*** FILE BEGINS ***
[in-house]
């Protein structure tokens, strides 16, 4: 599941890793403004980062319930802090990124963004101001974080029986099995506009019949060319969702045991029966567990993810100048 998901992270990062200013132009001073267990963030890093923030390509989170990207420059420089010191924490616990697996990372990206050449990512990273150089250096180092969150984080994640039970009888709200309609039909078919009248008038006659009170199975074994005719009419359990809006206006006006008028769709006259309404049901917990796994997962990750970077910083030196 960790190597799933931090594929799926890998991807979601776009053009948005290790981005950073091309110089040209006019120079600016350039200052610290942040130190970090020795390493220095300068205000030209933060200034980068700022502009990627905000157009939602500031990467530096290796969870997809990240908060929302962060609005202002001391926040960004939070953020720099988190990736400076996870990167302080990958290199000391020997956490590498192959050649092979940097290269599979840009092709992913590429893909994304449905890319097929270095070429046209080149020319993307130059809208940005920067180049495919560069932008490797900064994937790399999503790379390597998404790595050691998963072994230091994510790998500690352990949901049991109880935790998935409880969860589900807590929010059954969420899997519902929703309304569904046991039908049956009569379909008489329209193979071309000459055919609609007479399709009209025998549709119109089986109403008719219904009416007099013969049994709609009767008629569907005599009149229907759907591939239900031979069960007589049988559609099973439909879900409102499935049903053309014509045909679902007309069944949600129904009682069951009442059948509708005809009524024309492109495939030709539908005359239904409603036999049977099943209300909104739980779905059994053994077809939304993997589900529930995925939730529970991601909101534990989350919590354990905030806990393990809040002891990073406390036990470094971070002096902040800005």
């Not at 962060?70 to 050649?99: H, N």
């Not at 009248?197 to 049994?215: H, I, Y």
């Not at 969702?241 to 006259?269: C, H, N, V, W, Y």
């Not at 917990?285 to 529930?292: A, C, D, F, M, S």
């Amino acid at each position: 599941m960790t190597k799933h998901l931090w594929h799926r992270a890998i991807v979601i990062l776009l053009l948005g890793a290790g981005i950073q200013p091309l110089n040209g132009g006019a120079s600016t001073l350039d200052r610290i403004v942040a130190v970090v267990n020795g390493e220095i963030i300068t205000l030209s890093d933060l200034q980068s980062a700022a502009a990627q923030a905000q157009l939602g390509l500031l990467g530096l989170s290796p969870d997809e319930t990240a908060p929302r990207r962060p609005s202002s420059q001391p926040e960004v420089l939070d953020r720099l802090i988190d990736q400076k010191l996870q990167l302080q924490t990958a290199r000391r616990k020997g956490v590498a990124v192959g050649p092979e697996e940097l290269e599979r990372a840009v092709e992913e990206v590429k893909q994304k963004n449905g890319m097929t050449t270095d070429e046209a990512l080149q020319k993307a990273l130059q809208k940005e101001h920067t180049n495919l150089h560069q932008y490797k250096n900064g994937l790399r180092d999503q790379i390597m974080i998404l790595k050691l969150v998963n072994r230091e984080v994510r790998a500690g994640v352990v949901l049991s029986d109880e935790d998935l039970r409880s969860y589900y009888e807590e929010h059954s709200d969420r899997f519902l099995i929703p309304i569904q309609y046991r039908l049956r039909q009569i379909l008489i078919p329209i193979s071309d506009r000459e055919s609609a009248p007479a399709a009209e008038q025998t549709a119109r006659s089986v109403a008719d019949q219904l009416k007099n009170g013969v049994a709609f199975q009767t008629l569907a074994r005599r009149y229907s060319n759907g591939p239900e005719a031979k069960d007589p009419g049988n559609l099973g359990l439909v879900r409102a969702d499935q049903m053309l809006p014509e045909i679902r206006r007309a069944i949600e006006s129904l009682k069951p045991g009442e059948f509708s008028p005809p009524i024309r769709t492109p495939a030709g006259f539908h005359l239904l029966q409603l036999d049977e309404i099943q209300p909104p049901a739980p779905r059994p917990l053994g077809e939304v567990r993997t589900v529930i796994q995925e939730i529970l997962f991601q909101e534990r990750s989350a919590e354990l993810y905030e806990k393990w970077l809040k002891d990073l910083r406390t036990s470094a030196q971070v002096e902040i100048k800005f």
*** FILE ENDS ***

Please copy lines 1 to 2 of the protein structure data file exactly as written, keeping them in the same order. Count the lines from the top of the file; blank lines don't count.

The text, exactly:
[in-house]
């Protein structure tokens, strides 16, 4: 599941890793403004980062319930802090990124963004101001974080029986099995506009019949060319969702045991029966567990993810100048 998901992270990062200013132009001073267990963030890093923030390509989170990207420059420089010191924490616990697996990372990206050449990512990273150089250096180092969150984080994640039970009888709200309609039909078919009248008038006659009170199975074994005719009419359990809006206006006006008028769709006259309404049901917990796994997962990750970077910083030196 960790190597799933931090594929799926890998991807979601776009053009948005290790981005950073091309110089040209006019120079600016350039200052610290942040130190970090020795390493220095300068205000030209933060200034980068700022502009990627905000157009939602500031990467530096290796969870997809990240908060929302962060609005202002001391926040960004939070953020720099988190990736400076996870990167302080990958290199000391020997956490590498192959050649092979940097290269599979840009092709992913590429893909994304449905890319097929270095070429046209080149020319993307130059809208940005920067180049495919560069932008490797900064994937790399999503790379390597998404790595050691998963072994230091994510790998500690352990949901049991109880935790998935409880969860589900807590929010059954969420899997519902929703309304569904046991039908049956009569379909008489329209193979071309000459055919609609007479399709009209025998549709119109089986109403008719219904009416007099013969049994709609009767008629569907005599009149229907759907591939239900031979069960007589049988559609099973439909879900409102499935049903053309014509045909679902007309069944949600129904009682069951009442059948509708005809009524024309492109495939030709539908005359239904409603036999049977099943209300909104739980779905059994053994077809939304993997589900529930995925939730529970991601909101534990989350919590354990905030806990393990809040002891990073406390036990470094971070002096902040800005």